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Tuesday, 5 November 1996
Page: 5107


Senator CHILDS(6.30 p.m.) —I rise to support my colleagues in opposing section 89A. I particularly deplore the Democrat deal with the government and acknowledge that this is one of the black marks in industrial relations history, particularly this area.


Senator Campbell —Ha, ha!


Senator CHILDS —Senator Campbell laughs. He has just made a very provocative speech, talking about simplification and trying to compare this with what happened under our government. I will not be provoked by this laughter because I want to ask him a series of questions. I do suggest to him that his simplification is with the back of an axe. That is what he is setting out to do to the long traditions in this area where so many people who are vulnerable work.

I want to ask the parliamentary secretary to define `reasonably predictable' in relation to part-time workers. Can the parliamentary secretary tell us in detail what `reasonably predictable' means? Is the criteria for deciding reasonableness from the perspective of the employer or the employee? Couldn't many employers argue that it is unreasonable for them to be expected to predict their staffing requirements more than a week in advance? How much notice can part-timers expect to receive of their shifts? How much notice can part-timers expect to receive if an employer intends to drop their hours from 20 per week to four per week? Can Senator Campbell explain to us exactly how `reasonably predictable hours' differentiates part-timers from casuals? Why would employers employ someone full time and permanently when they can have this sort of flexibility? The Democrats might be well meaning in their inclusion of `pro rata benefits' in the definition of part-time work. How much do pro rata benefits mean to someone who is employed for six hours per week?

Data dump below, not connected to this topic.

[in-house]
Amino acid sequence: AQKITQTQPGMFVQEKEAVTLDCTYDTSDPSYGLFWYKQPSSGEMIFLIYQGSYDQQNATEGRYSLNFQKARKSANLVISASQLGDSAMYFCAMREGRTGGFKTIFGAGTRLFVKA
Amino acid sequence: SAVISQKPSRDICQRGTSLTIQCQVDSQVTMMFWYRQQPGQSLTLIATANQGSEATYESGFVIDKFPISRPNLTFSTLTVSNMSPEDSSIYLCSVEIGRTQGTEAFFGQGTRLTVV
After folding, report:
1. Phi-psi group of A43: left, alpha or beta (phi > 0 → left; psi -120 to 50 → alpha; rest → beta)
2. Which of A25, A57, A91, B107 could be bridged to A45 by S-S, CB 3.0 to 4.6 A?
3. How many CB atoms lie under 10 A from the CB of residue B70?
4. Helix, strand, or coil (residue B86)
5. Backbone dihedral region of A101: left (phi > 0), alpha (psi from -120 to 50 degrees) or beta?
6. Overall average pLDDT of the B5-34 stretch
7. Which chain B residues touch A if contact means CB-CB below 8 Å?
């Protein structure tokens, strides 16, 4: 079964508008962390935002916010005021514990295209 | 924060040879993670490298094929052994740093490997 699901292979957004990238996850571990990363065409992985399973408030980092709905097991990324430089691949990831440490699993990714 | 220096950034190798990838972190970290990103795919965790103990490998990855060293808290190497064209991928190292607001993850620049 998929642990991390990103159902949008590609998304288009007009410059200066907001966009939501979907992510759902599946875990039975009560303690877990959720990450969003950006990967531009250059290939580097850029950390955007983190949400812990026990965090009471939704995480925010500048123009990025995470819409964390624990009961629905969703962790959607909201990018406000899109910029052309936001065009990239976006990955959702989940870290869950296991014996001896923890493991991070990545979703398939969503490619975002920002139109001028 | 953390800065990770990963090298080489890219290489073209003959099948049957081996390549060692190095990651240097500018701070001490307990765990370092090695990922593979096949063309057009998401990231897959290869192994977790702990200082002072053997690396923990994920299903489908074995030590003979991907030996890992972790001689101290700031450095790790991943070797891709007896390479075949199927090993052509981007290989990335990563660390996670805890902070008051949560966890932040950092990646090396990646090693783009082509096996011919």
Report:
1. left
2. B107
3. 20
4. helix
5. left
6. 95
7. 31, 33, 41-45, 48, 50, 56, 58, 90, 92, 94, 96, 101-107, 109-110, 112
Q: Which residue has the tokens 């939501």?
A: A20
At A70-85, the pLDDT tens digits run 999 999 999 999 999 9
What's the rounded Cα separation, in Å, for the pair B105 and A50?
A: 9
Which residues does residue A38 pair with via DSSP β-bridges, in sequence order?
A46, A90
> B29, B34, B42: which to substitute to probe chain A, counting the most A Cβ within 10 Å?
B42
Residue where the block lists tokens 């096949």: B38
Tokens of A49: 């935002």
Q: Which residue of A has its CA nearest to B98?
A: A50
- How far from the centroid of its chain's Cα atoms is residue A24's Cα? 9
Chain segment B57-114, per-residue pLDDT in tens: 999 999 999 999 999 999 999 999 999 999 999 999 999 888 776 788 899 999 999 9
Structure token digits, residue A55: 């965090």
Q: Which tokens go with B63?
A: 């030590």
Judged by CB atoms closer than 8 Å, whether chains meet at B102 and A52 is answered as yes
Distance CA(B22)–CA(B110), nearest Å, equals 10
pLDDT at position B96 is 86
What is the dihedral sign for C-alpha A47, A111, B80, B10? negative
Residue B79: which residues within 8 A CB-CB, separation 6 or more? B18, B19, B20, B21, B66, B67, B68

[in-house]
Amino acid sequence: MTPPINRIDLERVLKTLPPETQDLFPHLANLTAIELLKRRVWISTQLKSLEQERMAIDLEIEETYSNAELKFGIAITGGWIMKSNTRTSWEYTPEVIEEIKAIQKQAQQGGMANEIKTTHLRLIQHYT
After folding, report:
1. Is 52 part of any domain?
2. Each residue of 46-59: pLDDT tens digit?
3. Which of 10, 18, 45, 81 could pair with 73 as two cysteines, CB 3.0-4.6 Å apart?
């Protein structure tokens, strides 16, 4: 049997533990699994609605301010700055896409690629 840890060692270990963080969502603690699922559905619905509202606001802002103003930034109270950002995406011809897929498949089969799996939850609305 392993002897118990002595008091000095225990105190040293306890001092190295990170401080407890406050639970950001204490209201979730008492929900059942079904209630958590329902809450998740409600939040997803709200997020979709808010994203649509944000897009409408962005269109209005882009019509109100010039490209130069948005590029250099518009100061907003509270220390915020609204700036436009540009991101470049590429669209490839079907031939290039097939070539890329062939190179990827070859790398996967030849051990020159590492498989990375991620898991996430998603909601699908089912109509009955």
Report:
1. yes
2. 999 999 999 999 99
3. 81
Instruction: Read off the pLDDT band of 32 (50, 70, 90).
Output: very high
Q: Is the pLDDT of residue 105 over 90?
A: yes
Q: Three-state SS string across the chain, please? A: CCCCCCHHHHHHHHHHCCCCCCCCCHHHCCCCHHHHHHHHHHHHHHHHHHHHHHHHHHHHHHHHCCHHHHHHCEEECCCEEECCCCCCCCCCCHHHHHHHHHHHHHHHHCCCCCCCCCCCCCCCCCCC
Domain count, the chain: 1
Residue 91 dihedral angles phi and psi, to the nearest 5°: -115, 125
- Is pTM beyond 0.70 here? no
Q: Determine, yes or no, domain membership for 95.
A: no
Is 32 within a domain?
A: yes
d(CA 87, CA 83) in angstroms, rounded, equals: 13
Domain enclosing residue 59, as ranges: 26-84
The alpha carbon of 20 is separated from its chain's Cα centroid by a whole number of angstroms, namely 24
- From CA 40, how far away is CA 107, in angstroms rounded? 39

Clauses 89A(4)(a) and 89A(4)(b) allow for whole industries to become casualised or to use only part-time workers. We heard evidence before the economics committee of the difficulties and disadvantages that part-time and casual workers face right across Australia. Senator Campbell, can you tell us, given that section 89A(4)(a) prevents the Industrial Relations Commission from determining the number of casual or part-time workers in a workplace, what will prevent industries such as the banking industry and the hospitality industry—which already have high proportions of casual and part-time workers—dispensing with full-time permanent employees altogether? What will happen to employees in those industries who wish to work full time? Will they have to change jobs?

In Brisbane we heard evidence from a Mrs McShane, the manager of a suburban bank branch, of high staff turnover due to inadequate income because of too few hours of work. She said it was the major reason staff left her bank. Doesn't this contravene the intention of the bill at schedule 1, section 3A, as amended by the coalition-Democrat deal, of creating a flexible and fair labour market? What is fair about not getting enough work to live on? What is fair about hours being changed once an employee has accepted a job? That certainly will happen under this section. Won't employers favour the increased flexibility of having a largely casualised or flexible part-time work force? Won't this outweigh any consideration of providing a stable work environment for employees or a living wage?